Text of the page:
In an Impassioned Speech, Biden Calls on Trump to Act on Insurrection at the Capitol: "It Must End"

Joe Biden fervently called on Donald Trump to act on the insurrection taking place at the US Capitol. As the House and Senate convened on Jan. 6 to count the electoral votes in a historically symbolic procedure, a mob of Trump supporters sieged the building, creating chaos inside the legislative chambers and forcing Congress members to evacuate. In his address from the Queen Theater in Wilmington, DE, the president-elect sent a clear message to the lame-duck president, who had at that point tweeted about the insurrection but made no further statements or condemnations. "President Trump, step up," Biden said.

"It must end now."

"At this hour, our democracy is under unprecedented assault unlike anything we've seen in modern times. An assault on the citadel of liberty: the Capitol itself," Biden said at the start of his speech. Though he referred to the group as a "small number of extremists," Biden was tougher on his description of the day's events and avoided calling it a protest. "This is not dissent. It's disorder. It's chaos. It borders on sedition, and it must end now. I call on this mob to pull back and allow the work of democracy to go forward."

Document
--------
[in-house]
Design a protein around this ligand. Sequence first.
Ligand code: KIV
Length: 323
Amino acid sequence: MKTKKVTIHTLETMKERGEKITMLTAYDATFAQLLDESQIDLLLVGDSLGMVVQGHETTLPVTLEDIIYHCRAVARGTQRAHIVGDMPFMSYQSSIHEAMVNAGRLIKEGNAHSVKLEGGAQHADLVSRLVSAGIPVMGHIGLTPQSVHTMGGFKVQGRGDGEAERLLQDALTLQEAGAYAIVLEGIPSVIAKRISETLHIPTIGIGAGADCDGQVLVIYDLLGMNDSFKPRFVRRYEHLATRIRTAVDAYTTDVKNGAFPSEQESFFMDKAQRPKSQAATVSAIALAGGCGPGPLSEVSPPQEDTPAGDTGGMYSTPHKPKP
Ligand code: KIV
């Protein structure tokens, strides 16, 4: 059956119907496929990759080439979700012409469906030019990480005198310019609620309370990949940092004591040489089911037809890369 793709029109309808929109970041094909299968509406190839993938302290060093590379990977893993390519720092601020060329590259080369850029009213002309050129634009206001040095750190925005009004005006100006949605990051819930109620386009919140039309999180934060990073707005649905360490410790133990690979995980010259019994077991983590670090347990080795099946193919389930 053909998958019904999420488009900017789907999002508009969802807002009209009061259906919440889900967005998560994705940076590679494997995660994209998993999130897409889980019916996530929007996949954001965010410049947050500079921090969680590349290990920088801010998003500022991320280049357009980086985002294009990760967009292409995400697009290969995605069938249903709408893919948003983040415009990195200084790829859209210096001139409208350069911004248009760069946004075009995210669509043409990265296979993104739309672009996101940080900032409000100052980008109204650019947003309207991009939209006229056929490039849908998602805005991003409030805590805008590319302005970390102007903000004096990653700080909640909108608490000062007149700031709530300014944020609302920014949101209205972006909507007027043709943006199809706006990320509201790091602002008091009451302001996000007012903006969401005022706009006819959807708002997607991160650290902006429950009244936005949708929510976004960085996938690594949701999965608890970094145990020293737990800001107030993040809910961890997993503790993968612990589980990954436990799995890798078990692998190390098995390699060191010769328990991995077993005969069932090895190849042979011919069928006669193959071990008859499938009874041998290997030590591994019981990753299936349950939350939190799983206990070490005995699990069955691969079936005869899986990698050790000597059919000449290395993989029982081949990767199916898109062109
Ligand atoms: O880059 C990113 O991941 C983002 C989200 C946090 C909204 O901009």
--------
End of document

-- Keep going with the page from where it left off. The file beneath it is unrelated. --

Biden then urged Trump to publicly condemn the actions of his supporters. "The words of a president matter, no matter how good or bad that president is. At their best, the words of a president can inspire. At their worst, they can incite," he said. "Therefore, I call on President Trump to go on national television now to fulfill his oath and defend the Constitution and demand an end to this siege."

Moments after Biden delivered the speech, Trump released a minute-long video message. "I know your pain. I know your hurt. We had an election that was stolen from us. It was a landslide election, and everyone knows it — especially the other side — but you have to go home now. We have to have peace," Trump said. "We love you. You're very special."

Despite the delay of the electoral college vote, Biden appeared confident about its eventual fulfillment, as well as the future of his presidency. "The work of the moment, and the work of the next four years, must be the restoration of democracy, of decency, honor, respect, the rule of law. Just plain simple decency," he said. As he exited the stage, Biden turned to offer clamoring reporters a final statement: "Let me say one thing: I am not concerned about my safety, security, or the inauguration. I am not concerned. The American people are gonna stand up, and stand up now. Enough is enough is enough."